Today’s Five for Friday is with industry thought leader and disruptor R “Ray” Wang.  Ray is the Principal Analyst and CEO at Constellation Research, Inc. He’s also the author of the popular enterprise software blog “A Software Insider’s Point of View”. With viewership in the millions of page views a year, his blog provides insight into how disruptive technologies and new business models impact the enterprise.  Prior to founding Constellation, he was a founding partner and research analyst for enterprise strategy at Altimeter Group and one of the top analysts at Forrester Research for enterprise strategy.

PM:  You are CEO and lead analyst of Constellation Research, focusing on disruptive technology.  How do you view disruption and what services does Constellation offer?

Disruption comes from 3 areas.  New business models.  How do you change the game in what you are selling to your customers?  Today products are excuses to sell services.  In the future software will be an excuse to sell insight and information.

The next area is technologies.  Advancements in in-memory databases and cloud allow companies to manage massive amounts of data today at minimal cost.  These technologies improve not only speed, but also how users access insight.  The last area is around culture.  The ability to evangelize new concepts and bring in new users, employees, and early adopters put people power into the disruption.

Constellation plays a role in advising business leaders how seek to deliver transformational innovation with new business models and disruptive technologies.  Legacy IT folks use legacy analyst firms.  Business leaders and innovative IT folks rely on Constellation.

PM:  Is BYOD changing the world of work?  How is this different than the introduction of Blackberry?

BYOD signifies the shift of technology decision making from the centralized IT departments of the past to the business driven approaches of today.  While we went too far towards IT in the past, we are in danger of doing the same with moving too far to BYOD and Consumerization of IT.

Business wants technology to be simple to use with no manuals and minimal training.  Scalable is being easy to make changes without IT involvement. Sexy is being exciting and desirable to be used by the business.  IT needs to keep things safe – making sure systems work well together without creating any disruption. Secure means data breaches don’t occur resulting in a front-page scandal on the Wall Street Journal. Finally IT needs BYOD to be sustainable.  Platforms must last long term, meaning not 10 years, not 5 years, but 3 years.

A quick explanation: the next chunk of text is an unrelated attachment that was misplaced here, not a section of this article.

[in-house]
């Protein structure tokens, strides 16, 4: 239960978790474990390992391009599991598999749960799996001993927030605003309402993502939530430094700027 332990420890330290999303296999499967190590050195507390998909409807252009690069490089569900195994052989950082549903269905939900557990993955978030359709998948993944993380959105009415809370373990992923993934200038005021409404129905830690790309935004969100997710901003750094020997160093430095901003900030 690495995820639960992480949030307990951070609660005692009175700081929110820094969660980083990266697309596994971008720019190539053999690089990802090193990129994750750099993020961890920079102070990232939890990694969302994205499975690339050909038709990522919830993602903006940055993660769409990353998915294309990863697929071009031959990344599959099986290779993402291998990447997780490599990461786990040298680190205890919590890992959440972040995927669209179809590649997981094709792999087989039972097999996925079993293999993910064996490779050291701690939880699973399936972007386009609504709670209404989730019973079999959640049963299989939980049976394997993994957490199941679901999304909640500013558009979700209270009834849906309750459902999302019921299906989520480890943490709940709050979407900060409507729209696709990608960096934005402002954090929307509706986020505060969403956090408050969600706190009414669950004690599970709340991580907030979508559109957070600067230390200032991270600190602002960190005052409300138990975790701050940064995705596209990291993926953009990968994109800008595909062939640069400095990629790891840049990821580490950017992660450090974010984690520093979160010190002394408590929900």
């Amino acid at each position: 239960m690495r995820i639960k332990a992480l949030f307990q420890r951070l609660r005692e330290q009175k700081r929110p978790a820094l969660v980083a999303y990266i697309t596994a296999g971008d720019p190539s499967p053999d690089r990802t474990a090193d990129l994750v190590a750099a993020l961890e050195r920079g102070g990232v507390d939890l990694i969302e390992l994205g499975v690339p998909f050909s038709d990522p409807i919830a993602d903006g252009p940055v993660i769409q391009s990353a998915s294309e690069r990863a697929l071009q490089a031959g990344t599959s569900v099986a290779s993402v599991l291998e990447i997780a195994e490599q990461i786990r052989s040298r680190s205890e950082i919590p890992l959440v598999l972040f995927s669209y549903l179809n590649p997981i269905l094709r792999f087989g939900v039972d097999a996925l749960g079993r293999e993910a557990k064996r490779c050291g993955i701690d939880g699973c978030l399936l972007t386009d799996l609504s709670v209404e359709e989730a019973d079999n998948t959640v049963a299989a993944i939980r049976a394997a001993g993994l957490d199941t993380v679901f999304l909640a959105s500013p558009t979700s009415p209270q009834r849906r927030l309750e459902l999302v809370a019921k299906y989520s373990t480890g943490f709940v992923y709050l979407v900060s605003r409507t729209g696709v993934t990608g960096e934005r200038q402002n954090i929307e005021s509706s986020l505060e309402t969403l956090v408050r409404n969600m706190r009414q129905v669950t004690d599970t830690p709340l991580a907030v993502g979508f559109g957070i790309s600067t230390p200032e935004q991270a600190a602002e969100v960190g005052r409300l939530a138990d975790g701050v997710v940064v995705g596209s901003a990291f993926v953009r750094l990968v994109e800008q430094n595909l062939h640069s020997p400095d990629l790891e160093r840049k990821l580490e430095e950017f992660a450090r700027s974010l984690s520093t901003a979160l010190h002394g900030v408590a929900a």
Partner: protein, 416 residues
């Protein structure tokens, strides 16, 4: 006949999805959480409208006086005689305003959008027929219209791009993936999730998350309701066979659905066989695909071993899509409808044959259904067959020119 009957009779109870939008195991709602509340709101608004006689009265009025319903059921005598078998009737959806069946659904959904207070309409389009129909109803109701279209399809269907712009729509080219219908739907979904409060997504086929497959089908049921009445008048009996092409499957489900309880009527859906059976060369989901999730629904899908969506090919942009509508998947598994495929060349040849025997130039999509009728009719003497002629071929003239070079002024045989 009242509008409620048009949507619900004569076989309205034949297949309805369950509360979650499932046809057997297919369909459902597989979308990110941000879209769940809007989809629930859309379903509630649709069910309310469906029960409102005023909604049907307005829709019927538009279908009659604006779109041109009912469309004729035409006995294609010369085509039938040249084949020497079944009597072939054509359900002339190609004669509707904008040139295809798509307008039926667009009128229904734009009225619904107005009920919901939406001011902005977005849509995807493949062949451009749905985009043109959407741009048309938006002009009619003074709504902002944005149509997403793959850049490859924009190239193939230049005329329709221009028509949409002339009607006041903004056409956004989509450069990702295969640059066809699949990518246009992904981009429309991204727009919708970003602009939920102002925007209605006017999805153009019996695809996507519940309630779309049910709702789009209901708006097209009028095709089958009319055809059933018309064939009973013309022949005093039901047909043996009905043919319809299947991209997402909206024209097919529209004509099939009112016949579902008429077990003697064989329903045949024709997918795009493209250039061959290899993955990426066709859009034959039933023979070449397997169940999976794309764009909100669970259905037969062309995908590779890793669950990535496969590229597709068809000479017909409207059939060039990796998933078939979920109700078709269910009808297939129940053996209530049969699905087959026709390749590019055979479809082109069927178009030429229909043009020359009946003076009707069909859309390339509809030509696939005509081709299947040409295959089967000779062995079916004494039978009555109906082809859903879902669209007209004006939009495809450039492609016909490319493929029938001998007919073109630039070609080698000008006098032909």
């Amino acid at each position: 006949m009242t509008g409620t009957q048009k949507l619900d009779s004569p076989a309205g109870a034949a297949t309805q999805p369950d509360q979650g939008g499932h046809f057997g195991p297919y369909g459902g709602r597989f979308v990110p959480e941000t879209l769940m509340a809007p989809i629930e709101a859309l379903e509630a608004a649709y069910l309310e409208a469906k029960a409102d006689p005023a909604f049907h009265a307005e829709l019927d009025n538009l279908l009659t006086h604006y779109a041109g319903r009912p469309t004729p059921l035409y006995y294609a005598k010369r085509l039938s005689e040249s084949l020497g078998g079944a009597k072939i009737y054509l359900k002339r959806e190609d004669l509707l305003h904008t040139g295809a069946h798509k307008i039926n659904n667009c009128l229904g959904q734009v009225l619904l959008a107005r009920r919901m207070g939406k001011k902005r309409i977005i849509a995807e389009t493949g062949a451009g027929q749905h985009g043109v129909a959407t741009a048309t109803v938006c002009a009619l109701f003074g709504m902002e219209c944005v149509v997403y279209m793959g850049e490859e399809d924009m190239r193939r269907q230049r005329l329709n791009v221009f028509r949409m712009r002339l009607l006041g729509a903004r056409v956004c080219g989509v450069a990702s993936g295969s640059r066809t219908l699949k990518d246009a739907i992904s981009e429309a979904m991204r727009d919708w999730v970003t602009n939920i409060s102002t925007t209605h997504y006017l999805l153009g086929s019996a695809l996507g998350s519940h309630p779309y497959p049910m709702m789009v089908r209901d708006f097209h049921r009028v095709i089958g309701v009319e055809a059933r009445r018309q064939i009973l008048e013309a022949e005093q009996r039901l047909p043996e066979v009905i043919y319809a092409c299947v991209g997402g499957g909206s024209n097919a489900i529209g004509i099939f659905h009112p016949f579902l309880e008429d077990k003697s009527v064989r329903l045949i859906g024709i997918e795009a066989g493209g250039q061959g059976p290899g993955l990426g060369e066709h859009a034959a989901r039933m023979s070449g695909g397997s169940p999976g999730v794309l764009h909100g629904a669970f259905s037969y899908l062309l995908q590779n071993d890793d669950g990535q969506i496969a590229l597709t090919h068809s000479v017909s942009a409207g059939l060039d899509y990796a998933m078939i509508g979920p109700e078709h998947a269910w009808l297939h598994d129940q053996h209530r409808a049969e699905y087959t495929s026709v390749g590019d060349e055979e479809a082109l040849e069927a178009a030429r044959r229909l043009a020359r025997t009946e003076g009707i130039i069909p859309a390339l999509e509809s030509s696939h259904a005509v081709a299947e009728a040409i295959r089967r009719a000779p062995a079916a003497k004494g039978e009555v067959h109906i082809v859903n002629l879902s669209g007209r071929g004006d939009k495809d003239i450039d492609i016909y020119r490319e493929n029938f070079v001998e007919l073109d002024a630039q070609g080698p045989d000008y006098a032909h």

PM:  The last couple weeks saw the legacy mega vendors (SAP, Oracle, HP, Microsoft) all make “cloud” announcements.  Has the cloud finally jumped the shark?  

The customer pressure for cloud leaves legacy vendors no choice but to participate.  Unfortunately, without support for multi-tenancy, these attempts at cloud lack the full benefits. Clients will want choice but the crown jewel is delivering in Multi-tenancy.

PM:  What markets and segments are most likely to be disrupted in the next 24 months?

Every single industry, every single market, and every single business model is being disrupted as we speak.  The pace of change is happening faster than ever. Take the apple announcement on maps.  Apple basically told Google, good-bye.  New business models are being created, destroyed, and reevaluated more quickly than at any time in history.

PM:  As you travel all the time, what is your favorite city to visit and what are your favorite places to stay and eat when you are in town?

I’m really blessed that I live in the SF Bay area. It’s still my favorite city to visit given how often I travel.  There’s so much to see and do here that I often take 1 to 2 day stay cations.  Favorite food spots are still Auberge Du Soleil in St. Helena and SentSovi in Saratoga.   Out of the bay area, I love the vibrancy of Tokyo, Berlin, Shanghai, and London.